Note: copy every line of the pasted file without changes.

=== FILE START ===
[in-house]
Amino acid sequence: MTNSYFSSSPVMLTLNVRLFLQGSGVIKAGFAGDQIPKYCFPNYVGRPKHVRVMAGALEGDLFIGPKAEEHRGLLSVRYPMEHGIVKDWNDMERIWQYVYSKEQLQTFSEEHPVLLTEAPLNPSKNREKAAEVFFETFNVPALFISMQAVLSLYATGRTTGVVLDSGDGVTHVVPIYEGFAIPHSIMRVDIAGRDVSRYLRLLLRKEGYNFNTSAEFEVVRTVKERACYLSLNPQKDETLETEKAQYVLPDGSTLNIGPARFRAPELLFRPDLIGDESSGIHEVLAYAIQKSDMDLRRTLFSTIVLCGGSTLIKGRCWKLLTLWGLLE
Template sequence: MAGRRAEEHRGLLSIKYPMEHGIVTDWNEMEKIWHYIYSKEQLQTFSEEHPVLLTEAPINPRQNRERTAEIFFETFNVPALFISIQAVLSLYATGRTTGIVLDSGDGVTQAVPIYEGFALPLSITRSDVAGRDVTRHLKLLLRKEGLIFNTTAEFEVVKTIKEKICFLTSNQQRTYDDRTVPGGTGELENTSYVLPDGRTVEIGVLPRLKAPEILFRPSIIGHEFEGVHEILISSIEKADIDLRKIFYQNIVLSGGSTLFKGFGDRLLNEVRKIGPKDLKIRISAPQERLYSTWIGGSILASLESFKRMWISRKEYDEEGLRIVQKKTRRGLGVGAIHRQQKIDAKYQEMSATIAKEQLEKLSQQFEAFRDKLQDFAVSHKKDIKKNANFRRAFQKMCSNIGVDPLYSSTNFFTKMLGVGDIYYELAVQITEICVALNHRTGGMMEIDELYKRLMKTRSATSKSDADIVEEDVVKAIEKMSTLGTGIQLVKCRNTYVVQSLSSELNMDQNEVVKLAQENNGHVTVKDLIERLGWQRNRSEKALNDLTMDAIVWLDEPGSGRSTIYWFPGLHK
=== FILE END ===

[in-house]
Amino acid sequence: MTNSYFSSSPVMLTLNVRLFLQGSGVIKAGFAGDQIPKYCFPNYVGRPKHVRVMAGALEGDLFIGPKAEEHRGLLSVRYPMEHGIVKDWNDMERIWQYVYSKEQLQTFSEEHPVLLTEAPLNPSKNREKAAEVFFETFNVPALFISMQAVLSLYATGRTTGVVLDSGDGVTHVVPIYEGFAIPHSIMRVDIAGRDVSRYLRLLLRKEGYNFNTSAEFEVVRTVKERACYLSLNPQKDETLETEKAQYVLPDGSTLNIGPARFRAPELLFRPDLIGDESSGIHEVLAYAIQKSDMDLRRTLFSTIVLCGGSTLIKGRCWKLLTLWGLLE
Template sequence: MAGRRAEEHRGLLSIKYPMEHGIVTDWNEMEKIWHYIYSKEQLQTFSEEHPVLLTEAPINPRQNRERTAEIFFETFNVPALFISIQAVLSLYATGRTTGIVLDSGDGVTQAVPIYEGFALPLSITRSDVAGRDVTRHLKLLLRKEGLIFNTTAEFEVVKTIKEKICFLTSNQQRTYDDRTVPGGTGELENTSYVLPDGRTVEIGVLPRLKAPEILFRPSIIGHEFEGVHEILISSIEKADIDLRKIFYQNIVLSGGSTLFKGFGDRLLNEVRKIGPKDLKIRISAPQERLYSTWIGGSILASLESFKRMWISRKEYDEEGLRIVQKKTRRGLGVGAIHRQQKIDAKYQEMSATIAKEQLEKLSQQFEAFRDKLQDFAVSHKKDIKKNANFRRAFQKMCSNIGVDPLYSSTNFFTKMLGVGDIYYELAVQITEICVALNHRTGGMMEIDELYKRLMKTRSATSKSDADIVEEDVVKAIEKMSTLGTGIQLVKCRNTYVVQSLSSELNMDQNEVVKLAQENNGHVTVKDLIERLGWQRNRSEKALNDLTMDAIVWLDEPGSGRSTIYWFPGLHK